at the very start of the review: "'Everybody say they just do it, well, I just don't,' claims Lil Wayne on Rebirth, his unlikely, unqualified, and quite unbelievable rock album." i stared at that word "unqualified" for quite some time. can it be true that rock has reached this point, where there are qualifications one must acquire before making it? i suppose that's what makes wavvves more qualified to release a rock album than a guy who's been putting out music for almost a decade.

a little later: "In the mid 1980s, Run-D.M.C. used distorted guitars and stadium-rock drums to help break hip-hop into the mainstream. Now, one of the world's biggest rappers is using the same tools to make a niche record only a diehard could truly love. That flip says as much about hip-hop's current state of evolution (shaky) as it does about Lil Wayne's current commercial predicament. [T]he idea that he'll never top the million-in-a-week phenomenon that was Tha Carter III is naturally weighing on Wayne. He may never have a single as big as 'Lollipop' or reach the level of universal relevancy to warrant another prime time interview with Katie Couric. He seems to realize this on Rebirth." oh dear. you know you've made it when katie couric is talkin to you on the TV! wondering how he's going to top that masterpiece is surely a "commercial predicament" that keeps wayne up nights.

more importantly, though, "hip-hop's current state of evolution" is "shaky". if anyone wants to defend the phrase "shaky state of evolution" from accusations of utter meaninglessness, now's your chance.

i think what mr. dombal is trying to say is that he thinks hip-hop is in trouble. of course he doesn't bother presenting any external evidence for this; the remark is parenthetical, almost as if he's reminding us of a known fact.

throughout the review, there's a distinct tone of, "what the fuck is this nigger thinking?" the music "would serve as an incredible exaggerated parody of Linkin Park angst if the song wasn't dead serious." according to this douchebag, "According to Wayne, rock music combines the coked-out idiocy of Sunset Strip hair metal with the processed rage of Bizkit-ed headbanging. Understandably, the combination can be abhorrent." in other words, wayne, you should have checked with this mostly-literate pitchfork minion before deciding on your influences; he would have steered you in a better direction.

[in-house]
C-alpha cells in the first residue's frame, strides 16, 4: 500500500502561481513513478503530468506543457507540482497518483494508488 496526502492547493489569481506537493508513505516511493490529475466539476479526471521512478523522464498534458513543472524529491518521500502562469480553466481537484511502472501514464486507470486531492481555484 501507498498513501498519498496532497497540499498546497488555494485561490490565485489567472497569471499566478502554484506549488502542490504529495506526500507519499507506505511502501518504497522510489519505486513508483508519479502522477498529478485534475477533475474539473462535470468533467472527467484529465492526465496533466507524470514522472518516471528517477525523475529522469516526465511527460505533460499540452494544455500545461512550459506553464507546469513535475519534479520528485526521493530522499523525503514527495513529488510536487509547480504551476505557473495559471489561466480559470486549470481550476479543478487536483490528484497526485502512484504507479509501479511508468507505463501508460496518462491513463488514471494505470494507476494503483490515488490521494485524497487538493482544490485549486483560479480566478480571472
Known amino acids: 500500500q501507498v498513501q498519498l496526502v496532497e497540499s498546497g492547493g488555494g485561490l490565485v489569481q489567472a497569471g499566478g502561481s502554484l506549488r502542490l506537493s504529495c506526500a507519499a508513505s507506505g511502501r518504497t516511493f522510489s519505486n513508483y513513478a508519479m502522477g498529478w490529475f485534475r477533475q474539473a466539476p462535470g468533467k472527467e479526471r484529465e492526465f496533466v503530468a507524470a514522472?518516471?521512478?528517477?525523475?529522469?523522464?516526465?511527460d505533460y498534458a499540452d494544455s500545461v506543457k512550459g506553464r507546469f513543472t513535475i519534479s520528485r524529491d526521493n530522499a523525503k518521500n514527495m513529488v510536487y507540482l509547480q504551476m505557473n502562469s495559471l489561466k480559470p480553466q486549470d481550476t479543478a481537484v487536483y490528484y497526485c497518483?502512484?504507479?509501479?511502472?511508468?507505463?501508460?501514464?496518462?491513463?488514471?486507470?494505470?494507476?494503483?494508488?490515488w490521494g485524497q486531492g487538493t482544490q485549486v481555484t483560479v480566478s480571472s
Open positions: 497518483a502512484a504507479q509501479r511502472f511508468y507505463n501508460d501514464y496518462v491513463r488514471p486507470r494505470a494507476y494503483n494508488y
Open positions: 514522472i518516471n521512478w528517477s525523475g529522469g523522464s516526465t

from tha carter III's "don't get it":
"Um, mr sharpton, and anyone like you
You don't know me so if your not gonna try to
Then what you say or think about me or what I do
Is totally casper the friendly ghost to me
And it doesnt make you a good person to criticize before you improvise
Doesnt necessarily make you a bad person either but
The characteristics fall heavenly into bad's way
But since I am human, I am good and bad as well
But I try my hardest to stay good
And some of the things I do and say may be bad or just not too good
But I do try"

Tuesday, February 2, 2010

stop - grammy time

i think we all knew beyonce was destined for greatness the first time she asked us "charlie, how your angels get down like that?"

in other news, lady gaga has taken a job as the creative director for polaroid, a company which has no factories left in the united states. this is actually true.

apparently this year's grammys had 25.8 million viewers, a 35% increase over last year, and the highest ratings since 2004. the new york times says of the ratings boost that it "affirms the appeal of pop glitz at a time of plummeting record sales," so that's okay then. (i remember popping a glitz once and it actually sounded kind of like "pokerface".)

related joke: someone should do a song about blowjobs, under the alias "lady gag", called "poke her face".

whew all over the place today, time to break out the topper, a dancing butt.

and that's what i was watching instead of the grammys.

(butt dance, via Spinster aunt


Monday, February 1, 2010

Scooped by

You know that really annoying article I wrote about Paul Shirley that cherry-picked his quasi-racist quotes about MLK day and his hatred/love of rap?

Well, three days later skewered the same article.

I've been pwnd and it hurts. Like utter sadness. Like the most over-wrought and DRAMAtic break-up record ever.